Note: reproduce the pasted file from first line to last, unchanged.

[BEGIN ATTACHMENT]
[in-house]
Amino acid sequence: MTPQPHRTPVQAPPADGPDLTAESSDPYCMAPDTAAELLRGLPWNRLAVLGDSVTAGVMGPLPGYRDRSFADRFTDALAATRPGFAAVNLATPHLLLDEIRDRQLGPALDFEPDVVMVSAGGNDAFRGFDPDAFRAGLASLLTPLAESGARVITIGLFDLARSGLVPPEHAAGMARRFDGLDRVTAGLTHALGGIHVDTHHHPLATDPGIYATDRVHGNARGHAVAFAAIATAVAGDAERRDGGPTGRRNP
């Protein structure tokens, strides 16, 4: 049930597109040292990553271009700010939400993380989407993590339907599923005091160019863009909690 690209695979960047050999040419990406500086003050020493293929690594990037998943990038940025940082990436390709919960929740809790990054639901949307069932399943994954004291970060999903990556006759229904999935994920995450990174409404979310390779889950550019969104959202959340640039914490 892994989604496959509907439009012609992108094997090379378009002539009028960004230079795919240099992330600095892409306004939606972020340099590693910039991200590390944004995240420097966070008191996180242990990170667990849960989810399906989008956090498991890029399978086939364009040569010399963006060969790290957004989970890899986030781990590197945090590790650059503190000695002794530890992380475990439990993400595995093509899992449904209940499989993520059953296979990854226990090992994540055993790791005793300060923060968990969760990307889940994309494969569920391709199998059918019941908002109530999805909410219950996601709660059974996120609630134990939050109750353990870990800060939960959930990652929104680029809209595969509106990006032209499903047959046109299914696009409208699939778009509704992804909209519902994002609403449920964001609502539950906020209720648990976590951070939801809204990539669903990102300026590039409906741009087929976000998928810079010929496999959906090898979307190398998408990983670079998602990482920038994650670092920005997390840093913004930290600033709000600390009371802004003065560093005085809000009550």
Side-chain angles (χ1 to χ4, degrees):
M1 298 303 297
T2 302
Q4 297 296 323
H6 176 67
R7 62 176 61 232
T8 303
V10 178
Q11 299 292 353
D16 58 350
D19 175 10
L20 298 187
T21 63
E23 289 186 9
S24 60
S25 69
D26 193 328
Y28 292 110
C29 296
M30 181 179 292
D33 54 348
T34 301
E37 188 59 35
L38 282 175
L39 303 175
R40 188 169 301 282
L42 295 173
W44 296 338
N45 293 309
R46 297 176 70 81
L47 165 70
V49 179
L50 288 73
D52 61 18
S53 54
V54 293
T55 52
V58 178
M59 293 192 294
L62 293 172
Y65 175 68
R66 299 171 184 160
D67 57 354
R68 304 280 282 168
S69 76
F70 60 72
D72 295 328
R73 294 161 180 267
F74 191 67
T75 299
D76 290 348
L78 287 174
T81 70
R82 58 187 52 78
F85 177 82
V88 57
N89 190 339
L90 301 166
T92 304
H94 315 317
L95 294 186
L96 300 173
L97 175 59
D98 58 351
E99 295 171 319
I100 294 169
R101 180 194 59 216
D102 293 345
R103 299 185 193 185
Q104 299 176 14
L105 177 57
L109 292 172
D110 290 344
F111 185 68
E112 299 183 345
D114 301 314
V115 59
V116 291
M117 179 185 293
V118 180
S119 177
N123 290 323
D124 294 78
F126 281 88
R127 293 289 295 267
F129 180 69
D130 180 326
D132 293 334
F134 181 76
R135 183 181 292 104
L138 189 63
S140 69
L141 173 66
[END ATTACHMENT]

[in-house]
Amino acid sequence: MTPQPHRTPVQAPPADGPDLTAESSDPYCMAPDTAAELLRGLPWNRLAVLGDSVTAGVMGPLPGYRDRSFADRFTDALAATRPGFAAVNLATPHLLLDEIRDRQLGPALDFEPDVVMVSAGGNDAFRGFDPDAFRAGLASLLTPLAESGARVITIGLFDLARSGLVPPEHAAGMARRFDGLDRVTAGLTHALGGIHVDTHHHPLATDPGIYATDRVHGNARGHAVAFAAIATAVAGDAERRDGGPTGRRNP
């Protein structure tokens, strides 16, 4: 049930597109040292990553271009700010939400993380989407993590339907599923005091160019863009909690 690209695979960047050999040419990406500086003050020493293929690594990037998943990038940025940082990436390709919960929740809790990054639901949307069932399943994954004291970060999903990556006759229904999935994920995450990174409404979310390779889950550019969104959202959340640039914490 892994989604496959509907439009012609992108094997090379378009002539009028960004230079795919240099992330600095892409306004939606972020340099590693910039991200590390944004995240420097966070008191996180242990990170667990849960989810399906989008956090498991890029399978086939364009040569010399963006060969790290957004989970890899986030781990590197945090590790650059503190000695002794530890992380475990439990993400595995093509899992449904209940499989993520059953296979990854226990090992994540055993790791005793300060923060968990969760990307889940994309494969569920391709199998059918019941908002109530999805909410219950996601709660059974996120609630134990939050109750353990870990800060939960959930990652929104680029809209595969509106990006032209499903047959046109299914696009409208699939778009509704992804909209519902994002609403449920964001609502539950906020209720648990976590951070939801809204990539669903990102300026590039409906741009087929976000998928810079010929496999959906090898979307190398998408990983670079998602990482920038994650670092920005997390840093913004930290600033709000600390009371802004003065560093005085809000009550």
Side-chain angles (χ1 to χ4, degrees):
M1 298 303 297
T2 302
Q4 297 296 323
H6 176 67
R7 62 176 61 232
T8 303
V10 178
Q11 299 292 353
D16 58 350
D19 175 10
L20 298 187
T21 63
E23 289 186 9
S24 60
S25 69
D26 193 328
Y28 292 110
C29 296
M30 181 179 292
D33 54 348
T34 301
E37 188 59 35
L38 282 175
L39 303 175
R40 188 169 301 282
L42 295 173
W44 296 338
N45 293 309
R46 297 176 70 81
L47 165 70
V49 179
L50 288 73
D52 61 18
S53 54
V54 293
T55 52
V58 178
M59 293 192 294
L62 293 172
Y65 175 68
R66 299 171 184 160
D67 57 354
R68 304 280 282 168
S69 76
F70 60 72
D72 295 328
R73 294 161 180 267
F74 191 67
T75 299
D76 290 348
L78 287 174
T81 70
R82 58 187 52 78
F85 177 82
V88 57
N89 190 339
L90 301 166
T92 304
H94 315 317
L95 294 186
L96 300 173
L97 175 59
D98 58 351
E99 295 171 319
I100 294 169
R101 180 194 59 216
D102 293 345
R103 299 185 193 185
Q104 299 176 14
L105 177 57
L109 292 172
D110 290 344
F111 185 68
E112 299 183 345
D114 301 314
V115 59
V116 291
M117 179 185 293
V118 180
S119 177
N123 290 323
D124 294 78
F126 281 88
R127 293 289 295 267
F129 180 69
D130 180 326
D132 293 334
F134 181 76
R135 183 181 292 104
L138 189 63
S140 69
L141 173 66